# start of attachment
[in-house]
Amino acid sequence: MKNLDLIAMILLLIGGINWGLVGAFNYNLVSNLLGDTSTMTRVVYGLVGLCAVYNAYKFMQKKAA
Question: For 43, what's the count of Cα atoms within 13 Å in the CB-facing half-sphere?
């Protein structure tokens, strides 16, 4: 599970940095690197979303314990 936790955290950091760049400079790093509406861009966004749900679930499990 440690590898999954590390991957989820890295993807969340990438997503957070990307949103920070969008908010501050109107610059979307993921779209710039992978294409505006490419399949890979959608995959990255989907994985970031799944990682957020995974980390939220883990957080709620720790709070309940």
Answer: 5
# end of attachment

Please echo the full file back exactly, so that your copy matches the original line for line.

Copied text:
[in-house]
Amino acid sequence: MKNLDLIAMILLLIGGINWGLVGAFNYNLVSNLLGDTSTMTRVVYGLVGLCAVYNAYKFMQKKAA
Question: For 43, what's the count of Cα atoms within 13 Å in the CB-facing half-sphere?
């Protein structure tokens, strides 16, 4: 599970940095690197979303314990 936790955290950091760049400079790093509406861009966004749900679930499990 440690590898999954590390991957989820890295993807969340990438997503957070990307949103920070969008908010501050109107610059979307993921779209710039992978294409505006490419399949890979959608995959990255989907994985970031799944990682957020995974980390939220883990957080709620720790709070309940």
Answer: 5